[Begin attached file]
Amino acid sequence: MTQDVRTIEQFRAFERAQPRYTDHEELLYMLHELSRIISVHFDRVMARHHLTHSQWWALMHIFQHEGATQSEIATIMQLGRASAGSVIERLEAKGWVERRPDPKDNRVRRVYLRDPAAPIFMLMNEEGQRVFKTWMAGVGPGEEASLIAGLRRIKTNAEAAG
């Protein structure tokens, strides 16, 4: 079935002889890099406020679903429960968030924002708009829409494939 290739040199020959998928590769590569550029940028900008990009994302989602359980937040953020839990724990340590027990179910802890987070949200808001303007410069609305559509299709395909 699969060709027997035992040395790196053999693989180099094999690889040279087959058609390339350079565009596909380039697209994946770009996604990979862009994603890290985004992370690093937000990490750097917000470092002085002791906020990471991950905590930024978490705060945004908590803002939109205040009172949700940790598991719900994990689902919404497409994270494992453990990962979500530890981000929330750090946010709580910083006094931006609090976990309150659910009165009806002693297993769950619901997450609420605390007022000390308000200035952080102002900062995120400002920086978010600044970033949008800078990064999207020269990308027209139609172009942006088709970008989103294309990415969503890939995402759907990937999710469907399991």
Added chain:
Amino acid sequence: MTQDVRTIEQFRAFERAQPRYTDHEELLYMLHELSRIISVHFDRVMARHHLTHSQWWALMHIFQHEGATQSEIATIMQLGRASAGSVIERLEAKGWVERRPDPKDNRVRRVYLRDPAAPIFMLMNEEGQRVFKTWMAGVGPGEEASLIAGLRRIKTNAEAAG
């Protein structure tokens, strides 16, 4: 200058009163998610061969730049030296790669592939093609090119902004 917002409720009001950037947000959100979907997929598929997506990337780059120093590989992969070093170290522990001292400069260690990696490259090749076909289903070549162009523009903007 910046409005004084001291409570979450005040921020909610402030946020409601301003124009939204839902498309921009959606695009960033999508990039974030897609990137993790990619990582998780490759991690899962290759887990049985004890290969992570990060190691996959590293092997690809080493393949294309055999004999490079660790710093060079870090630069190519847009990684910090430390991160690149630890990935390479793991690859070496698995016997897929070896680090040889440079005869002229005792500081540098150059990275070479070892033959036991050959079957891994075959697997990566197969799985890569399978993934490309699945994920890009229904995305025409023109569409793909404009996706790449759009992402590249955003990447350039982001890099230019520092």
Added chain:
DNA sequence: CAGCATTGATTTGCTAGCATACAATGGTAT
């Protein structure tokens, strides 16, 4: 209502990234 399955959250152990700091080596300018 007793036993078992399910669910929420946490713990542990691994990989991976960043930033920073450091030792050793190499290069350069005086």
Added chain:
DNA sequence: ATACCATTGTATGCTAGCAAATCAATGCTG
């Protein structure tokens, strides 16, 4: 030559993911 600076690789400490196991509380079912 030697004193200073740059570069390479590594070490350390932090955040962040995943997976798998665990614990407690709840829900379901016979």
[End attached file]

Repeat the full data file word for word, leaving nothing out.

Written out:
Amino acid sequence: MTQDVRTIEQFRAFERAQPRYTDHEELLYMLHELSRIISVHFDRVMARHHLTHSQWWALMHIFQHEGATQSEIATIMQLGRASAGSVIERLEAKGWVERRPDPKDNRVRRVYLRDPAAPIFMLMNEEGQRVFKTWMAGVGPGEEASLIAGLRRIKTNAEAAG
């Protein structure tokens, strides 16, 4: 079935002889890099406020679903429960968030924002708009829409494939 290739040199020959998928590769590569550029940028900008990009994302989602359980937040953020839990724990340590027990179910802890987070949200808001303007410069609305559509299709395909 699969060709027997035992040395790196053999693989180099094999690889040279087959058609390339350079565009596909380039697209994946770009996604990979862009994603890290985004992370690093937000990490750097917000470092002085002791906020990471991950905590930024978490705060945004908590803002939109205040009172949700940790598991719900994990689902919404497409994270494992453990990962979500530890981000929330750090946010709580910083006094931006609090976990309150659910009165009806002693297993769950619901997450609420605390007022000390308000200035952080102002900062995120400002920086978010600044970033949008800078990064999207020269990308027209139609172009942006088709970008989103294309990415969503890939995402759907990937999710469907399991």
Added chain:
Amino acid sequence: MTQDVRTIEQFRAFERAQPRYTDHEELLYMLHELSRIISVHFDRVMARHHLTHSQWWALMHIFQHEGATQSEIATIMQLGRASAGSVIERLEAKGWVERRPDPKDNRVRRVYLRDPAAPIFMLMNEEGQRVFKTWMAGVGPGEEASLIAGLRRIKTNAEAAG
């Protein structure tokens, strides 16, 4: 200058009163998610061969730049030296790669592939093609090119902004 917002409720009001950037947000959100979907997929598929997506990337780059120093590989992969070093170290522990001292400069260690990696490259090749076909289903070549162009523009903007 910046409005004084001291409570979450005040921020909610402030946020409601301003124009939204839902498309921009959606695009960033999508990039974030897609990137993790990619990582998780490759991690899962290759887990049985004890290969992570990060190691996959590293092997690809080493393949294309055999004999490079660790710093060079870090630069190519847009990684910090430390991160690149630890990935390479793991690859070496698995016997897929070896680090040889440079005869002229005792500081540098150059990275070479070892033959036991050959079957891994075959697997990566197969799985890569399978993934490309699945994920890009229904995305025409023109569409793909404009996706790449759009992402590249955003990447350039982001890099230019520092």
Added chain:
DNA sequence: CAGCATTGATTTGCTAGCATACAATGGTAT
């Protein structure tokens, strides 16, 4: 209502990234 399955959250152990700091080596300018 007793036993078992399910669910929420946490713990542990691994990989991976960043930033920073450091030792050793190499290069350069005086």
Added chain:
DNA sequence: ATACCATTGTATGCTAGCAAATCAATGCTG
């Protein structure tokens, strides 16, 4: 030559993911 600076690789400490196991509380079912 030697004193200073740059570069390479590594070490350390932090955040962040995943997976798998665990614990407690709840829900379901016979």